It never rains but it pours in North London. After losing Harry Kane for the majority of the campaign - as they seem to every season, now - Tottenham are now facing the prospect of playing the rest of this term without Son Heung-min either.
Manager Jose Mourinho famously has very strict criteria for the kind of striker that he likes in his side. Short of Fernando Llorente terminating his Napoli contract and signing for Daniel Levy on a free… how will Jose roll the dice on this one?
Lucas Moura up front alone
WATCH @SkySports expert Jose Mourinho consider how the Gunners can make best use of their talent front trio of Pierre-Emerick Aubameyang, Alexandre Lacazette and Nicolas Pepe
MORE ANALYSIS - https://t.co/nDvFdnC8YNpic.twitter.com/Iuk8d5Iipf— Sky Sports Premier League (@SkySportsPL) September 2, 2019
Perhaps the option that Mauricio Pochettino would’ve picked, were he still Spurs manager.
Lucas Moura is the obvious option to furrow the line up top for Tottenham and has goals in his locker, as well as superb movement. Lucas is the kind of false nine type that could pull defences out of position and create space for the likes of Steven Bergwijn and Ryan Sessegnon to attack diagonally - not unlike how Mourinho described Arsenal’s attack of Pierre-Emerick Aubameyang, Nicolas Pepe and Alexandre Lacazette combining, during a Sky Sports appearance in the autumn.
Moura isn't Mourinho's typical forward - in fact Lacazette fits the mould a little more. Still, it's clear Jose knows what he'd want from the wide-men either side.
Moura and Bergwijn together in a front two
This isn’t the first time the Portuguese manager has faced a crisis of this ilk. At Manchester United, Mourinho lost talismanic Zlatan Ibrahimovic towards the end of his first season, leaving him with no preferred target man to choose from.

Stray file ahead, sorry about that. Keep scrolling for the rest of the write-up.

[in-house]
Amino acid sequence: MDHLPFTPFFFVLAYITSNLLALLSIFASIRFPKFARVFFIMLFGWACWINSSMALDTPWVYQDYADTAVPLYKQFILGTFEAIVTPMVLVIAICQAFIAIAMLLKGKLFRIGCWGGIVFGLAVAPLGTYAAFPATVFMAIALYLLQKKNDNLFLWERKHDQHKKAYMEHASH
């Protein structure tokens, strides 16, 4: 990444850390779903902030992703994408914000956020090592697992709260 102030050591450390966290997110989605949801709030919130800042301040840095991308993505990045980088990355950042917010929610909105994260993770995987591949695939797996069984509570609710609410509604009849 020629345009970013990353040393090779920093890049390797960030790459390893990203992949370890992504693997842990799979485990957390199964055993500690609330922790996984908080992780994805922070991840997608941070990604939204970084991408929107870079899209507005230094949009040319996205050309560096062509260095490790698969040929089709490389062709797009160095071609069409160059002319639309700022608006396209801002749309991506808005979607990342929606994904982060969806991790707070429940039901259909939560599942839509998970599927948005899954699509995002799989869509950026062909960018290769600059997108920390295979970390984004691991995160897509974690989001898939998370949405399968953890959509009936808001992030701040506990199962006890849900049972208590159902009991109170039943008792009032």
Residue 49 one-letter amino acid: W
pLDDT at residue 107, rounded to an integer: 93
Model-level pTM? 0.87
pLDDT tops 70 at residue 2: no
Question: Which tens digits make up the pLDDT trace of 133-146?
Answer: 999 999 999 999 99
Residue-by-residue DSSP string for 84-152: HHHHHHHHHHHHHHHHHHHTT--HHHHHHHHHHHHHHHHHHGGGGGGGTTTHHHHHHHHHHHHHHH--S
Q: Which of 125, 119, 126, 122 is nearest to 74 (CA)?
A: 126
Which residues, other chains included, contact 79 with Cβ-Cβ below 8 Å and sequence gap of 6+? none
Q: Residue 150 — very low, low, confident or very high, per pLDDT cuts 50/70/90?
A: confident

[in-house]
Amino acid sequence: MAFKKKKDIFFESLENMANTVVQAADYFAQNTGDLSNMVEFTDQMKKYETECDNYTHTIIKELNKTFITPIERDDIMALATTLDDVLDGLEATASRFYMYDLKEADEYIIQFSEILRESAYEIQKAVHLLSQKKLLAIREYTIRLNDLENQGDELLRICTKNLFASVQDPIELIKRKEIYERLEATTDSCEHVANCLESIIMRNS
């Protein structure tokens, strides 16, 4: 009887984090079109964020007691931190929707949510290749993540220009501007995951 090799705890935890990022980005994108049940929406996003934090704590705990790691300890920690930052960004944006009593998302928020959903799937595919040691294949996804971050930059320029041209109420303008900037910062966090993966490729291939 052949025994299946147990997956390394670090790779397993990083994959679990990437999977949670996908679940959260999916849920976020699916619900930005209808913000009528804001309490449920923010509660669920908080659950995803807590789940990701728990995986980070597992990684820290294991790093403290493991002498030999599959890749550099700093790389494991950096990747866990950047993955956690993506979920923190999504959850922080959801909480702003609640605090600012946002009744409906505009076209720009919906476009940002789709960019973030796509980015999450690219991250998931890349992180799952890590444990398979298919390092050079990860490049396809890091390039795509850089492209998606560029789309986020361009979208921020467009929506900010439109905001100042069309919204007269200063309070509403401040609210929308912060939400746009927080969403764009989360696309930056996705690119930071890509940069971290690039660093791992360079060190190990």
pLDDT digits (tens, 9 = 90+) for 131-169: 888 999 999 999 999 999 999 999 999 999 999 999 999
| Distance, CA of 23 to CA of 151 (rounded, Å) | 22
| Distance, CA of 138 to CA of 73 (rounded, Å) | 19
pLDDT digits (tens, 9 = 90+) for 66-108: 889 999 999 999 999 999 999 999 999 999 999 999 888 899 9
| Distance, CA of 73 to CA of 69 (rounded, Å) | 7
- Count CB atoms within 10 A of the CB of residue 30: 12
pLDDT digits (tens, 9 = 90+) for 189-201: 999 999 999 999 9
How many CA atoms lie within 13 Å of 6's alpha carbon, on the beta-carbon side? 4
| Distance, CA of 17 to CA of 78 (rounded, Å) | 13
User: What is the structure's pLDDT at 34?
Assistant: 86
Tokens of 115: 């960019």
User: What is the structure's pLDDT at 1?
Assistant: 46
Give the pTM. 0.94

Jose famously favoured a back three and front two against Chelsea at Old Trafford that season, masterminding a victory against Antonio Conte’s champions with Marcus Rashford and Jesse Lingard in attack. Could history repeat itself?
With Jan Vertonghen, Toby Alderweireld and Davinson Sanchez, Mourinho has three centre backs used to a back three under Pochettino. Aurier and Sessegnon are two attack-minded full-backs and Moura and Bergwijn are the kind of pacy, space-invading attackers that could roam free up top. It’s a similar system to one that’s worked before.
Dele Alli as a no. 9
Jose Mourinho claims that Troy Parrott isn’t ready to lead the line for Tottenham. An understandable assessment from the manager really, considering the striker is just 18 years old.
One option however could be to opt for Dele Alli as the furthest man forward. Few Spurs players have looked as capable as the England man in front of goal under Mourinho - given that the manager wants a target man upfront with aggression and presence, this could be Dele’s audition as a no. 9. He certainly gets enough headed goals for Jose’s liking.
Perhaps a 4-6-0? It worked for Spain at Euro 2012. And they had a fit Fernando Torres to choose from.
An emergency signing
If Barcelona can do it - to much disgust from much of the football world, it has to be said - then why can’t Spurs?
As Tottenham are without their two most valued frontmen for this one, the FA could potentially see this is as an extreme circumstance worthy of giving them a chance to sign a replacement. It’s a long shot - especially given that there aren’t many players with release clauses in the Premier League that could be attained right now - but after Braithwaitegate, is it unlikely that Olivier Giroud could sign for Spurs after all?
Converting another player
Jose Mourinho isn’t exactly known for reinventing the wheel and showing revolutionary tactical masterstrokes when it comes to his management. No - the Special One does the basics better than anyone else. Hard defensive nous and man-marking masterclasses are more his MO.
You can pretty much bet your bottom dollar that it won’t happen, but wouldn’t it warm your heart for Mourinho to have a more tactically-intriguing paragraph in his Wikipedia bio and successfully mould a square peg into a round hole of epically different proportions? Despite his comments that Ryan Sessegnon isn’t a striker, he’s the best candidate following Bergwijn, Alli or Moura.
Here at FFT, we’d like to recommend Stuart Peace’s crackpot scheme of using David James up front once for Manchester City. Mourinho take note - we know you like a physically imposing no. 9.
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